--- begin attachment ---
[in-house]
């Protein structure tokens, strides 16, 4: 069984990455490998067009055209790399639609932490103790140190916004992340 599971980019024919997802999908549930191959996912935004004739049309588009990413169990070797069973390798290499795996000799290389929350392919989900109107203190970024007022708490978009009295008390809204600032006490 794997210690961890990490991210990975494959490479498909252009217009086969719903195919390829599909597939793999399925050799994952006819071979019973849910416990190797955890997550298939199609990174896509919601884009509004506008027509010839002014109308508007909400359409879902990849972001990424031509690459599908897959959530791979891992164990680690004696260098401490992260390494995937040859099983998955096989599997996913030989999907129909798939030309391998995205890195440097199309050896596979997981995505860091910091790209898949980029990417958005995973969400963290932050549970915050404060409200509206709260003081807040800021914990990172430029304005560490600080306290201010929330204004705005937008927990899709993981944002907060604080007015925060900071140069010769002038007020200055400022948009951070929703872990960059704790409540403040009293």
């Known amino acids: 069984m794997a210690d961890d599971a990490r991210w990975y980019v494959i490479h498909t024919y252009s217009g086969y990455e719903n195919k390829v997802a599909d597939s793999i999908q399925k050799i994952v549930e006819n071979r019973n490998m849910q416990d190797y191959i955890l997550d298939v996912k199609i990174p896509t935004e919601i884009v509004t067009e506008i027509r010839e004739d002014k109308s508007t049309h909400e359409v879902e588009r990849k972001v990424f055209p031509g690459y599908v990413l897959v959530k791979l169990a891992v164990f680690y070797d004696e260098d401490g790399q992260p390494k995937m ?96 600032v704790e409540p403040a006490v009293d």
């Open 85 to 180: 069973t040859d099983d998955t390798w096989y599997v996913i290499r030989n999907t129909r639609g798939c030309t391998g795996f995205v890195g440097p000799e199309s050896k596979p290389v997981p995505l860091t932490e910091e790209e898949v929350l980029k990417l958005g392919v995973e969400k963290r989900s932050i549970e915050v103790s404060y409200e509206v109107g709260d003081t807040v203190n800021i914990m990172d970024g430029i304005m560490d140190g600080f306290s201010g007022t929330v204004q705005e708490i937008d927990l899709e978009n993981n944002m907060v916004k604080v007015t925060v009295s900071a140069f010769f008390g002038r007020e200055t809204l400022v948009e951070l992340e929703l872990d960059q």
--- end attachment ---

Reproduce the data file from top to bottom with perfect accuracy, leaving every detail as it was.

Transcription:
[in-house]
């Protein structure tokens, strides 16, 4: 069984990455490998067009055209790399639609932490103790140190916004992340 599971980019024919997802999908549930191959996912935004004739049309588009990413169990070797069973390798290499795996000799290389929350392919989900109107203190970024007022708490978009009295008390809204600032006490 794997210690961890990490991210990975494959490479498909252009217009086969719903195919390829599909597939793999399925050799994952006819071979019973849910416990190797955890997550298939199609990174896509919601884009509004506008027509010839002014109308508007909400359409879902990849972001990424031509690459599908897959959530791979891992164990680690004696260098401490992260390494995937040859099983998955096989599997996913030989999907129909798939030309391998995205890195440097199309050896596979997981995505860091910091790209898949980029990417958005995973969400963290932050549970915050404060409200509206709260003081807040800021914990990172430029304005560490600080306290201010929330204004705005937008927990899709993981944002907060604080007015925060900071140069010769002038007020200055400022948009951070929703872990960059704790409540403040009293």
């Known amino acids: 069984m794997a210690d961890d599971a990490r991210w990975y980019v494959i490479h498909t024919y252009s217009g086969y990455e719903n195919k390829v997802a599909d597939s793999i999908q399925k050799i994952v549930e006819n071979r019973n490998m849910q416990d190797y191959i955890l997550d298939v996912k199609i990174p896509t935004e919601i884009v509004t067009e506008i027509r010839e004739d002014k109308s508007t049309h909400e359409v879902e588009r990849k972001v990424f055209p031509g690459y599908v990413l897959v959530k791979l169990a891992v164990f680690y070797d004696e260098d401490g790399q992260p390494k995937m ?96 600032v704790e409540p403040a006490v009293d």
């Open 85 to 180: 069973t040859d099983d998955t390798w096989y599997v996913i290499r030989n999907t129909r639609g798939c030309t391998g795996f995205v890195g440097p000799e199309s050896k596979p290389v997981p995505l860091t932490e910091e790209e898949v929350l980029k990417l958005g392919v995973e969400k963290r989900s932050i549970e915050v103790s404060y409200e509206v109107g709260d003081t807040v203190n800021i914990m990172d970024g430029i304005m560490d140190g600080f306290s201010g007022t929330v204004q705005e708490i937008d927990l899709e978009n993981n944002m907060v916004k604080v007015t925060v009295s900071a140069f010769f008390g002038r007020e200055t809204l400022v948009e951070l992340e929703l872990d960059q």